“What’s in a name? That which we call a [lima bean] by any other name would [taste] as sweet.” Apologies to Shakespeare, but there appears to be much confusion when it comes to the name of these large, kidney-shaped beans. Aren’t they Madagascar beans, I’m asked? Christmas lima beans? Butter beans? Yes, yes, and yes. They are all these names, and more. Here, we just call them lima beans, but to me they look more like Barbie Beans, with their packaging in shades of cream and pink, their case a bright lime green.
Lima beans are not only delicate looking, they are also delicate tasting. When young and fresh they are sweet and soft, and dissolve in your mouth like knobs of nutty butter. They don’t need a lot of cooking, unlike those that have been dried, and our favorite way to eat them is sautéed in a little duck fat with finely chopped garlic and sage. They are just as tasty, but quite different when dried. The beans change color completely — the pink turns the color of claret, the cream turns a bright white — and they need to be soaked over night before cooking. The dried beans are great additions to slow-cooked food, like stews and soups.
It will come as no surprise to learn that lima beans were named for the capital of Peru, where they have been growing for thousands of years. While it is likely dried lima beans were carried back to Europe and Africa from South and Central America by Spanish and Portuguese explorers, the cultivation of the beans, over time, also migrated northward, via Mexico, into North America. Because they can withstand a very hot climate, as we have here, lima beans have become an important crop in many African and Asian countries.
For Chris’s 60th birthday party earlier in the year, I created a meal based mainly on what we had available in our garden and in the native bush on our farm. I wanted lima beans to be a signature in one of the dishes and, as I did for much of the menu, I turned to Yotam Ottolenghi’s Plenty More for inspiration. I looked for flavors and textures that would enhance and showcase the bright green color and the nut-butter softness of our shelled fresh lima beans. I found what-to-me read like the perfect combination in his Quinoa & Fennel Salad. In it Ottolenghi uses broad beans, adds lots of fresh summery herbs, a little heat, and a touch of sweet. But as he said in the introduction to the recipe, adding the flesh of freshly chopped lime or lemon “will make a salad sing.” He was right, of course.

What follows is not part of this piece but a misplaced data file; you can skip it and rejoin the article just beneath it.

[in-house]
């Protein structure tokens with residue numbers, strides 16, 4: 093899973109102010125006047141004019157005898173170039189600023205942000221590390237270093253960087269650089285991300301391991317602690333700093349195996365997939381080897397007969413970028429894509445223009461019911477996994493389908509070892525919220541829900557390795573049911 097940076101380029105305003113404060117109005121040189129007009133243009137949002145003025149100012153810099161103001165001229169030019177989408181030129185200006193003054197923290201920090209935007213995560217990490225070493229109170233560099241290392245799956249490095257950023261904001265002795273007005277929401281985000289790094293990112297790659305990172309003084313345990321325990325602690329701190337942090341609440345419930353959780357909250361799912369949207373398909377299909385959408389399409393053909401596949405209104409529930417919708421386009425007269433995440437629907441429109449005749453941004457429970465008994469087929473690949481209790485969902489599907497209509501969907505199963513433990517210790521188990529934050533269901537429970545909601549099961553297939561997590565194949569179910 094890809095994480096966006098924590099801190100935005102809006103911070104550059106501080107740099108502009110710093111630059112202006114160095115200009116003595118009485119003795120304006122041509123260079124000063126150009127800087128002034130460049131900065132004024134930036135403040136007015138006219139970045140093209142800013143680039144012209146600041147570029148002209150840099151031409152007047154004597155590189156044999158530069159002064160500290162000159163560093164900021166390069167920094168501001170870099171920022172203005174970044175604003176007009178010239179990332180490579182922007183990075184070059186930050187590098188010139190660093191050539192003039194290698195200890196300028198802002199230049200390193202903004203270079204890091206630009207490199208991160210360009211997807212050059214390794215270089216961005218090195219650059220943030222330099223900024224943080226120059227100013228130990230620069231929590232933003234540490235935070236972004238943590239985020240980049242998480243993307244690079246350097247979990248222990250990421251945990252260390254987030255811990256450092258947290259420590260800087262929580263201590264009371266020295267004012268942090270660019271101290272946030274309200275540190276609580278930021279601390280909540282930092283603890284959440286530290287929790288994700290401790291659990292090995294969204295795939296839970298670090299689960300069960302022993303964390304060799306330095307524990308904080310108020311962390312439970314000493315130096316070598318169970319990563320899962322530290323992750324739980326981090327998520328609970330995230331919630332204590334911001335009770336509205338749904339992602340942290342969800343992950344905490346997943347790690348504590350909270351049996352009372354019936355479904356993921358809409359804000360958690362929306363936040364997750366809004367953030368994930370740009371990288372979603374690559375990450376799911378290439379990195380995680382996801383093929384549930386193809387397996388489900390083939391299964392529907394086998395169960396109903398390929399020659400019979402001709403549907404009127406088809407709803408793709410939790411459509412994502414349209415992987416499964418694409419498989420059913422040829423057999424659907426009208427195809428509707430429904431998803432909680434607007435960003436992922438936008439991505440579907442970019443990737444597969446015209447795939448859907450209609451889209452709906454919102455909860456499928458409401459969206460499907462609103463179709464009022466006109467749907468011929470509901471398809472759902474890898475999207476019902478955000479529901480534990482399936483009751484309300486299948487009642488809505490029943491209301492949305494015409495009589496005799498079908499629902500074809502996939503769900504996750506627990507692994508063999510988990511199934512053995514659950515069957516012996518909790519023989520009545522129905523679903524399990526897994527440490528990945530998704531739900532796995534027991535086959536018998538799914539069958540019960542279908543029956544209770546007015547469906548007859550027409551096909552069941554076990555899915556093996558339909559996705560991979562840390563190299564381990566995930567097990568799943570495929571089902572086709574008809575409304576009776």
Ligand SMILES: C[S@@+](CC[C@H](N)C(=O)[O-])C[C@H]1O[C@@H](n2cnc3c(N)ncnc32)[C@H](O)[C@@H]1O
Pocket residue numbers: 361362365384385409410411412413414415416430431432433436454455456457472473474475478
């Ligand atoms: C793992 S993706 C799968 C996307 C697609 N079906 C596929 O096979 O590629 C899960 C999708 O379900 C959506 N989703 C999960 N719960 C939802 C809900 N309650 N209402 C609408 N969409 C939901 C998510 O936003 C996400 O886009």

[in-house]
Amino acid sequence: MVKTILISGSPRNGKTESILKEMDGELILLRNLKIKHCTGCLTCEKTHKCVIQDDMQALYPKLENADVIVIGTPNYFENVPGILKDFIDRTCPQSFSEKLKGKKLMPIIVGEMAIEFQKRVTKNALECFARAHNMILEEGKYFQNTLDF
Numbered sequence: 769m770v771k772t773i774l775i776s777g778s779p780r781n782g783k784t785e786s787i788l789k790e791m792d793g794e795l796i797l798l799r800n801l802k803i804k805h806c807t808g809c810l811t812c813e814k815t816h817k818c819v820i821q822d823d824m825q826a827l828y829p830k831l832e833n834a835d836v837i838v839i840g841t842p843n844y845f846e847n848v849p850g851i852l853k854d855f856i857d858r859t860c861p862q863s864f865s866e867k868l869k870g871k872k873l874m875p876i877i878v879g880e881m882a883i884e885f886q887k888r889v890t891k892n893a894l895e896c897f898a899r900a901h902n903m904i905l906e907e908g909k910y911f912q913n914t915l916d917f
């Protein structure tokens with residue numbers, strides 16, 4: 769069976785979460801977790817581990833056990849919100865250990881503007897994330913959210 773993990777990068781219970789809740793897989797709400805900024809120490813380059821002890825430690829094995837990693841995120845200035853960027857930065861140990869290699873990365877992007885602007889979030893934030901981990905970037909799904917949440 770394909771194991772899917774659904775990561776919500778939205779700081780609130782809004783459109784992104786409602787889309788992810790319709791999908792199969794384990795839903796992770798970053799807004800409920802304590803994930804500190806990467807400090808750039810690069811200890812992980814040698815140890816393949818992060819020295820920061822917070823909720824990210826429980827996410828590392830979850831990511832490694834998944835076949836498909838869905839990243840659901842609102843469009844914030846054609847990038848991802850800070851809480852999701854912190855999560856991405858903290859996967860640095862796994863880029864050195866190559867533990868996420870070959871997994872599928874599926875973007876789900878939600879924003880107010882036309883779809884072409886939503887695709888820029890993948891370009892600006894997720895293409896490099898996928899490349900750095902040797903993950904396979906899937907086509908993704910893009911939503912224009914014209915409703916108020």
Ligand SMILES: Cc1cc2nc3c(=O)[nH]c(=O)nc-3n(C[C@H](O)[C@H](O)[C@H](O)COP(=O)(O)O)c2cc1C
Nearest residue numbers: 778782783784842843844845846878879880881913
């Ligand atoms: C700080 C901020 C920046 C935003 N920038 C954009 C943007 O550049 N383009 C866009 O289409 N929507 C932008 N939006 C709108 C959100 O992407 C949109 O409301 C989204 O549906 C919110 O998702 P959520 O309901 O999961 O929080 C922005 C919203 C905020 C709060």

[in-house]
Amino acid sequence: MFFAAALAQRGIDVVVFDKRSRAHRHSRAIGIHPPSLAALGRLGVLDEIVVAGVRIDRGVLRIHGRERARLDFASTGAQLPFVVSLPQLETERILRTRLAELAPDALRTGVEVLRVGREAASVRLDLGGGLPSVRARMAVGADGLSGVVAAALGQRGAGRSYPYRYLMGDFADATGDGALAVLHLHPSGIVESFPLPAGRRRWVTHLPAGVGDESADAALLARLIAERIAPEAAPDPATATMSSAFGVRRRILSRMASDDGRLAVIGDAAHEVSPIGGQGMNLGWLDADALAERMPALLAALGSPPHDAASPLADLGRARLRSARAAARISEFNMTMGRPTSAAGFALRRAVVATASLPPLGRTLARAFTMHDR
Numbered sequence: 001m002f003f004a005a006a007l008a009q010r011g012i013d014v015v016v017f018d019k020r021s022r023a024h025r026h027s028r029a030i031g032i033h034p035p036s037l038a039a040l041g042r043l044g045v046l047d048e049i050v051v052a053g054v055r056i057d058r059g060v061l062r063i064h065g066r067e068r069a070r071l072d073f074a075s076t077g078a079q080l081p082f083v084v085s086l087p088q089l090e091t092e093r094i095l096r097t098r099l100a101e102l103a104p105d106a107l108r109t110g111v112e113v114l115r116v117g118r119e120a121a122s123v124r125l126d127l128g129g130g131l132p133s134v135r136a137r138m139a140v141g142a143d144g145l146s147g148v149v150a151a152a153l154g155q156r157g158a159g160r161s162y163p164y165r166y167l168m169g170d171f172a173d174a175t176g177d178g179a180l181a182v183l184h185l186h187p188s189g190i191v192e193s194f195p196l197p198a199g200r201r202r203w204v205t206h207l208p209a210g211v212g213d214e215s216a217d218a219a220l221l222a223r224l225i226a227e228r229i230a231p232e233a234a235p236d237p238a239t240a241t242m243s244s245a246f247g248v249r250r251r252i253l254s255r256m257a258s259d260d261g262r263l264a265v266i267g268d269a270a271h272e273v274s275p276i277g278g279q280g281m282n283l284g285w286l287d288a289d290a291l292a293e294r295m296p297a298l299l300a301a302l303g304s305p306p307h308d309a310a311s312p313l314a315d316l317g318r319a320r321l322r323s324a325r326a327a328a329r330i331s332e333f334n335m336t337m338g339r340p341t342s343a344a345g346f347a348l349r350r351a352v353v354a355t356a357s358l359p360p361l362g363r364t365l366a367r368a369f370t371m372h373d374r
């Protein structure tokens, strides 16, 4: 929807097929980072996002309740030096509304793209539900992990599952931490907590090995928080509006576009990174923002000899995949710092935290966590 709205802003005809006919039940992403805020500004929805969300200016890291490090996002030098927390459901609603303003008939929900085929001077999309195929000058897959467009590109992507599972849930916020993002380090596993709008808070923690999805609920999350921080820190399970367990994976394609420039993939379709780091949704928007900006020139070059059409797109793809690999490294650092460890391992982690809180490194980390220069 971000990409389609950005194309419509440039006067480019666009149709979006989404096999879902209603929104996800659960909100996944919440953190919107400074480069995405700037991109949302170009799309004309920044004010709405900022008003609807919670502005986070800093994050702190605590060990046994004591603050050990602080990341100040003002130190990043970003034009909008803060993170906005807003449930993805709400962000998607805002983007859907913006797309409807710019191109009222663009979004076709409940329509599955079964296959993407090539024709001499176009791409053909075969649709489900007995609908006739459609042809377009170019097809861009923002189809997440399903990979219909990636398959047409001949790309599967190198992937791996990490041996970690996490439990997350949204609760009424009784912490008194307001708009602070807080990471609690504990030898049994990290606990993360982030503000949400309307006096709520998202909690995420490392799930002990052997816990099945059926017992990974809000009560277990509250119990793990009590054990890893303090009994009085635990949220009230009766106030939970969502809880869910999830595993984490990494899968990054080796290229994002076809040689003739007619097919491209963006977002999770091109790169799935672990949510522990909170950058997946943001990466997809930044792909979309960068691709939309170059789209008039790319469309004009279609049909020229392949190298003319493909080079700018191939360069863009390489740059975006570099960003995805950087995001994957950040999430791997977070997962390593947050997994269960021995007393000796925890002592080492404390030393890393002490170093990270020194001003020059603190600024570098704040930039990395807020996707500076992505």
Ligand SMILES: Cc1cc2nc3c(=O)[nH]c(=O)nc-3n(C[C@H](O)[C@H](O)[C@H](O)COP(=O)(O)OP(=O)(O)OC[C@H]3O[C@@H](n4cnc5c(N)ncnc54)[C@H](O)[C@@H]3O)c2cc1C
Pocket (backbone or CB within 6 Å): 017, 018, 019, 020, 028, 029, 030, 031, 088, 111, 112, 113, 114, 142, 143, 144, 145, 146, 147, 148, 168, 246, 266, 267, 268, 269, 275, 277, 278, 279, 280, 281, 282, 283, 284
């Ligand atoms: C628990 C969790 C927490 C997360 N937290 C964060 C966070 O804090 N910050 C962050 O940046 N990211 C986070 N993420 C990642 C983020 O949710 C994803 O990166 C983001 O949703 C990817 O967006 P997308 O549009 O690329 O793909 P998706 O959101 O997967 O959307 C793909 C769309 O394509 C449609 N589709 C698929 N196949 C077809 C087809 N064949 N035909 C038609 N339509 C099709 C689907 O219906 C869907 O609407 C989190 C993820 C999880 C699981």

Though I never used all the same ingredients, and my portions differed according to what I had available, this salad really was a sensation.
Lima Bean, Fennel & Quinoa Salad with Fresh Lime – adapted from Plenty More’s Quinoa & Fennel Salad
Yield: 6-8 servings, as a side dish
- 5 tablespoons olive oil, divided 3 + 2
- 3 medium fennel bulbs, trimmed and finely sliced
- 1 tablespoon caster sugar
- 3 tablespoons apple cider vinegar
- 1 cup red and white quinoa, mixed
- 2 cups fresh lima beans, blanched and shelled
- 1 green birds eye chilli, deseeded and finely chopped
- 1 1/2 teaspoons ground cumin
- large handful mint, roughly chopped
- large handful lime basil, roughly chopped
- large handful dill, roughly chopped
- 1/4 cup pumpkin seeds, dry-roasted
- 1/4 cup dried cranberries
- 3 limes
- 1/2 cup pomegranate seeds (for garnish)
- salt and black pepper to taste
- Heat the olive oil in a frying pan, add the fennel and sear for 5 minutes, stirring occasionally, to get some color. Reduce the heat to medium and cook for a further 10 minutes, continuing to stir, until the fennel is completely soft and golden. Add the sugar and the vinegar, along with 1/2 teaspoon of salt, and cook for another 2 minutes. Remove from the heat and set aside.
- Pour the quinoa into a pot of boiling water and cook for 9 minutes. Drain in a fine sieve and refresh under cold water. Shake well to dry and then add to the fennel, along with the lima beans, chilli, cumin, herbs, pumpkin seeds, cranberries, 1/2 teaspoon of salt and a good grind of black pepper. Stir gently and set aside.
- Top and tail the limes. Using a serrated knife, cut down their sides, following the natural curve, to remove the skin and pith. Over a small bowl, remove the segments from the limes by slicing between the membranes. Squeeze out any remaining juice over the segments and discard the rest. Cut each segment into three and add it, along with the juice and remaining 2 tablespoons of olive oil, to the salad. Give everything a final stir, sprinkle the pomegranate seeds on top, and serve.